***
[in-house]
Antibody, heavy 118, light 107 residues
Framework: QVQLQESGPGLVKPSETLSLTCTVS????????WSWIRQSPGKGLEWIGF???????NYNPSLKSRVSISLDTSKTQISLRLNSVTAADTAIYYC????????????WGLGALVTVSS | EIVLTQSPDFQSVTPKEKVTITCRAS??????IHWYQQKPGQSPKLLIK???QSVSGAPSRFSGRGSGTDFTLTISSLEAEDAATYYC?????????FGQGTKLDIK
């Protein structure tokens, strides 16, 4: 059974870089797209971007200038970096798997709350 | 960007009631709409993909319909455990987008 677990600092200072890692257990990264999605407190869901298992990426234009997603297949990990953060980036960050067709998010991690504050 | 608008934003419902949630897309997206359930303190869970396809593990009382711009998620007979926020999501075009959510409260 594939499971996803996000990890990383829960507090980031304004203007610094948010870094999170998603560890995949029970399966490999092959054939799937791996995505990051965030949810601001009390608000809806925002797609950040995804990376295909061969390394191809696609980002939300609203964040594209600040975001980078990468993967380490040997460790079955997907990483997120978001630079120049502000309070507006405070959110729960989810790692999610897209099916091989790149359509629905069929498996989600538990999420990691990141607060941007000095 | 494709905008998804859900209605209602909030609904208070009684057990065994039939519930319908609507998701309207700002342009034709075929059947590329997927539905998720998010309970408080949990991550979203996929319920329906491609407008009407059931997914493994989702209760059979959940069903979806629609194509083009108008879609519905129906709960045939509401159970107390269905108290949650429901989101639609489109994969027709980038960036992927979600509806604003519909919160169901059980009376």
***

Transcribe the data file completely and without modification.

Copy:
[in-house]
Antibody, heavy 118, light 107 residues
Framework: QVQLQESGPGLVKPSETLSLTCTVS????????WSWIRQSPGKGLEWIGF???????NYNPSLKSRVSISLDTSKTQISLRLNSVTAADTAIYYC????????????WGLGALVTVSS | EIVLTQSPDFQSVTPKEKVTITCRAS??????IHWYQQKPGQSPKLLIK???QSVSGAPSRFSGRGSGTDFTLTISSLEAEDAATYYC?????????FGQGTKLDIK
């Protein structure tokens, strides 16, 4: 059974870089797209971007200038970096798997709350 | 960007009631709409993909319909455990987008 677990600092200072890692257990990264999605407190869901298992990426234009997603297949990990953060980036960050067709998010991690504050 | 608008934003419902949630897309997206359930303190869970396809593990009382711009998620007979926020999501075009959510409260 594939499971996803996000990890990383829960507090980031304004203007610094948010870094999170998603560890995949029970399966490999092959054939799937791996995505990051965030949810601001009390608000809806925002797609950040995804990376295909061969390394191809696609980002939300609203964040594209600040975001980078990468993967380490040997460790079955997907990483997120978001630079120049502000309070507006405070959110729960989810790692999610897209099916091989790149359509629905069929498996989600538990999420990691990141607060941007000095 | 494709905008998804859900209605209602909030609904208070009684057990065994039939519930319908609507998701309207700002342009034709075929059947590329997927539905998720998010309970408080949990991550979203996929319920329906491609407008009407059931997914493994989702209760059979959940069903979806629609194509083009108008879609519905129906709960045939509401159970107390269905108290949650429901989101639609489109994969027709980038960036992927979600509806604003519909919160169901059980009376």